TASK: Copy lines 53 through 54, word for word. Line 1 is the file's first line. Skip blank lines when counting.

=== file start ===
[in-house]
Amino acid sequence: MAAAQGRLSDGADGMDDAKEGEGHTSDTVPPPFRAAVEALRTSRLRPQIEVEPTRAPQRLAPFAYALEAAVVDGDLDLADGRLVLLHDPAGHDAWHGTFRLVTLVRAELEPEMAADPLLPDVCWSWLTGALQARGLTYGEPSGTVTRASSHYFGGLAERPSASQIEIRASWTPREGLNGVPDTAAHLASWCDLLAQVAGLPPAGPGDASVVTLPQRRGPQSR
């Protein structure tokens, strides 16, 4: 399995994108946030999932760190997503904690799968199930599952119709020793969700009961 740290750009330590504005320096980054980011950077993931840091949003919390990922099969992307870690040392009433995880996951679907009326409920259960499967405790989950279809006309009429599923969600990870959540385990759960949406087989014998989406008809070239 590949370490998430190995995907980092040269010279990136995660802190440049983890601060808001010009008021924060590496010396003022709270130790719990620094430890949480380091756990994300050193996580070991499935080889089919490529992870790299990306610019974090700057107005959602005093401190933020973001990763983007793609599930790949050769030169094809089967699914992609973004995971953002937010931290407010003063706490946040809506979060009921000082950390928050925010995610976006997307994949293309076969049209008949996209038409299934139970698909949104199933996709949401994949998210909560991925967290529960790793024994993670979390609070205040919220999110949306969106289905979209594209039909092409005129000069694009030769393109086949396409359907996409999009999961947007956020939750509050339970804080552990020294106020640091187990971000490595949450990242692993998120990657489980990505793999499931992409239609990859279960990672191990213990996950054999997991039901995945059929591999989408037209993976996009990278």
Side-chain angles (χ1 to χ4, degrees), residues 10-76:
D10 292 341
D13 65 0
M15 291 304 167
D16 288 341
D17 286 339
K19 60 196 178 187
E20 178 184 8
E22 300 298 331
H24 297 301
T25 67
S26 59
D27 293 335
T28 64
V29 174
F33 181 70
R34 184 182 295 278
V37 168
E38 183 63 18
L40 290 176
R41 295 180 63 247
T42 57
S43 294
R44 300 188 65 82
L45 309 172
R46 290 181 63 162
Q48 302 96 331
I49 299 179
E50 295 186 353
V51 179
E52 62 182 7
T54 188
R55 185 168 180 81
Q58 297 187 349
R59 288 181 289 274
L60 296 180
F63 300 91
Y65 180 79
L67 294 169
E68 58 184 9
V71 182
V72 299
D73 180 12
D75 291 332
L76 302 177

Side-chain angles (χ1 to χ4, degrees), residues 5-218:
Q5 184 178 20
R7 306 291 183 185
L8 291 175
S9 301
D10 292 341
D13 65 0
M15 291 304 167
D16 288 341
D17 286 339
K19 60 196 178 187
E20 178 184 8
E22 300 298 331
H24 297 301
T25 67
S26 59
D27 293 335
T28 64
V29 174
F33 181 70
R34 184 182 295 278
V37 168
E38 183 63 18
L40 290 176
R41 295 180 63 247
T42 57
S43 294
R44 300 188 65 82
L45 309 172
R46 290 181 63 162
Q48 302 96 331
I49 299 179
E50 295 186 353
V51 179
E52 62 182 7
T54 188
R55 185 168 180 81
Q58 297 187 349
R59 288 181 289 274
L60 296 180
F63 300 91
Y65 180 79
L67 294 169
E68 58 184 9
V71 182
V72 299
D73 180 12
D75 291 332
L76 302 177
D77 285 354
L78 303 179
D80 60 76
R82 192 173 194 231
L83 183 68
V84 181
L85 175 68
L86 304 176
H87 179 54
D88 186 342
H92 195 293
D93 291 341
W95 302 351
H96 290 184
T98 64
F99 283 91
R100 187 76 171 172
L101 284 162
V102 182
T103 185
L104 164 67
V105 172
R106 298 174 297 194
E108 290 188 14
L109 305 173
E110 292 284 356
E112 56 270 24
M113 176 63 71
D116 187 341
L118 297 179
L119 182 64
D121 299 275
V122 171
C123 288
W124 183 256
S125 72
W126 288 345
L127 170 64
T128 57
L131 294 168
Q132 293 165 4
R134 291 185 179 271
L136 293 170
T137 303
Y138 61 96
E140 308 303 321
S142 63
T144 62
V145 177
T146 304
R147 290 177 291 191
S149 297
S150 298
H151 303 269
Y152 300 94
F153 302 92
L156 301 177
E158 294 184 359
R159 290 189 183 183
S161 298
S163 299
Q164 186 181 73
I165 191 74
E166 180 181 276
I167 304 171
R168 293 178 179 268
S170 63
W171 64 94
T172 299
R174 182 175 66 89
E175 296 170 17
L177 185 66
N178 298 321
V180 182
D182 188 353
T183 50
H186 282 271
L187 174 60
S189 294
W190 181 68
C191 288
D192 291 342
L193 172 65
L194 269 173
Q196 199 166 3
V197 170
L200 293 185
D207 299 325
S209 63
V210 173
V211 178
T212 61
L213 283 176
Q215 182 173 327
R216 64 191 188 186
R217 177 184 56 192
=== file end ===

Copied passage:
S9 301
D10 292 341